business
Sunday Sep 26 2021
By
Web Desk

Pakistani rupee will not 'swing wildly' next week, say analysts

By
Web Desk
A representational image. Photo: File
A representational image. Photo: File

  • Pakistani rupee concluded the week by closing at Rs169.03 against the US dollar. 
  • The rupee is expected to move in the 169-169-50 range over the next week, says foreign exchange expert. 
  • Govt, SBP issue directives to achieve fiscal and external discipline. 


KARACHI: The Pakistani rupee is expected to break the all-time low closing record of 169.12/dollar next week and will trade in range, said foreign exchange experts and analysts Sunday. 

They attributed these developments to measures taken by the State Bank of Pakistan (SBP) adding that they will ensure that a further slide in the exchange rate does not occur. 

The local currency traded in narrow ranges during the outgoing week. It ended at 168.72 to the dollar in the interbank market on Monday. It concluded the week by closing at 169.03.

“We have to monitor whether the local unit will be successful to move in tandem with the measures taken to curtail imports and reduce current account deficit. We are watching how the demand side calms down," said a foreign exchange expert. 

The rupee is expected to move in the 169-169-50 range over the next week, he added.

SBP's policies for external, fiscal discipline

The government and the SBP have issued several directives to achieve fiscal and external discipline. The SBP used to say “the exchange rate is the first line of defence for the current account deficit then interest rates and other tolls”.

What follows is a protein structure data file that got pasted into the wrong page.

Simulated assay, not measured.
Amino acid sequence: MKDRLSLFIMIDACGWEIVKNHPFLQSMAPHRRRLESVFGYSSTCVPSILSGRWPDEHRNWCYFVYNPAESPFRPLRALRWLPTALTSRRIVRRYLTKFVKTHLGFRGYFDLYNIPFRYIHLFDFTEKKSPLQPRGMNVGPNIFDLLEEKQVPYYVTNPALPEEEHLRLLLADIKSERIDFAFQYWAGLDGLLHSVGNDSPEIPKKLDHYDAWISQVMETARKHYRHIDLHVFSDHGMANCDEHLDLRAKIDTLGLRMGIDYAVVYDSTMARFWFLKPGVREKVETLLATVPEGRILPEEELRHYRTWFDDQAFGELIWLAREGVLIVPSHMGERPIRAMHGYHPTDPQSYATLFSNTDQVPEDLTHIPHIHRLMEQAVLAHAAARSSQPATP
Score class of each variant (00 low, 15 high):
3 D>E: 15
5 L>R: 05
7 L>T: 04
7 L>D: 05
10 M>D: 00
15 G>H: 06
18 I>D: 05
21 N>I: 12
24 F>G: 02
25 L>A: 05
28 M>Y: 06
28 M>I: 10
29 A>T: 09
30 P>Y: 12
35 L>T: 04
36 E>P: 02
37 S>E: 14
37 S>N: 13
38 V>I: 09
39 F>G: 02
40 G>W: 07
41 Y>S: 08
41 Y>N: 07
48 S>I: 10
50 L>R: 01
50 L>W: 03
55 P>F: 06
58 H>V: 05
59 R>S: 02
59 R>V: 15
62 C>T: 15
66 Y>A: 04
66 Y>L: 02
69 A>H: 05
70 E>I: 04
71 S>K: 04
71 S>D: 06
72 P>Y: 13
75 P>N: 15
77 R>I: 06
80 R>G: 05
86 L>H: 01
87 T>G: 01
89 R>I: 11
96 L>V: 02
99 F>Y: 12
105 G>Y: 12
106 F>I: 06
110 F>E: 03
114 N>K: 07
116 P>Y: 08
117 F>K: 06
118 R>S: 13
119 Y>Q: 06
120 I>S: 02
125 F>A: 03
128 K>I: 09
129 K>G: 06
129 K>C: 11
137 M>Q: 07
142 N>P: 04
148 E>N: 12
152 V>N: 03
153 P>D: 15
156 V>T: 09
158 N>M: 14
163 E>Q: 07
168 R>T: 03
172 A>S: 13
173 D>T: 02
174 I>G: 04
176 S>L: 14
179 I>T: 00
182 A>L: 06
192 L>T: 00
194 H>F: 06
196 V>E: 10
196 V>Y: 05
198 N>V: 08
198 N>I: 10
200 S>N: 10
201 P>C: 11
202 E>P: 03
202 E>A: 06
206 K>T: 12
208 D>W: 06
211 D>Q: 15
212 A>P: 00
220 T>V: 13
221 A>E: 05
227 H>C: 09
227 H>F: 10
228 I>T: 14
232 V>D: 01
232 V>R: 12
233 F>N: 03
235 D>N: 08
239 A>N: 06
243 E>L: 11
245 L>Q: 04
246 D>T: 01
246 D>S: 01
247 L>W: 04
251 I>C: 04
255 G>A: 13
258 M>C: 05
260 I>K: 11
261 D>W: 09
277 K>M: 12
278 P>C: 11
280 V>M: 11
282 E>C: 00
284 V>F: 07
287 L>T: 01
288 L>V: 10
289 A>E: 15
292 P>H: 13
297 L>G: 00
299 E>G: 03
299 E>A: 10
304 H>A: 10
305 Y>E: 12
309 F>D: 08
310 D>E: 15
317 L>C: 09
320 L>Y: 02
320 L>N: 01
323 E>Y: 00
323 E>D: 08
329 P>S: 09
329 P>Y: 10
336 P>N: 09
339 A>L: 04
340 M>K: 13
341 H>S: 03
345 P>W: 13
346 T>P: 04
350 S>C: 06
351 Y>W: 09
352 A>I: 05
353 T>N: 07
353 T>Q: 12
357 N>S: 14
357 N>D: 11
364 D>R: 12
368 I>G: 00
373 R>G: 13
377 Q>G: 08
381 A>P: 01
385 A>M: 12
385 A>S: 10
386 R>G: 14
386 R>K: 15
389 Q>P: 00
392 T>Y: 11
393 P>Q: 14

The SBP raised the policy rate by 25 basis points to 7.25%, signaling more rate hikes in coming months. Dr Reza Baqir, governor SBP, in his recent interview aired on CNBC said, the Monetary Policy Committee decided that the time had come to begin tapering. This was due to Pakistan’s stronger-than-expected demand growth and a sense the government had been successful in controlling the delta variant.

However, markets sensed that the move was taken due to rising inflation risks, falling rupee and the weakening current account balance.

The SBP has directed banks to submit information related to their all expected payments (imports) of $500,000 and above for the next five days. The central bank has also strengthened the existing data reporting mechanism to further sharpen its market liquidity projections. This facilitates as well as supports the smooth functioning of a flexible and market-determined exchange rate system.

Besides, the SBP has also tightened conditions for consumer finance.

The government plans to issue Islamic dollar bonds of $1.5 billion, increase in cash margins for luxury imports, more proactive reporting of trade, integrated reporting of tax and returns, verbal intervention on inflation, etc.

The rupee has lost 11% since its peak in May. However, the foreign exchange reserves are near all-time highs and the real effective exchange rate (REER) is at 95.

Analysts said there should be continued support for the rupee at least till the IMF talks near conclusion.

The majority of the moves have already been made and entry into the IMF will unlock funding and the rupee will start to stabilise. The rupee is likely to depreciate by another 3-5 percent till June 2022.

Originally published in The News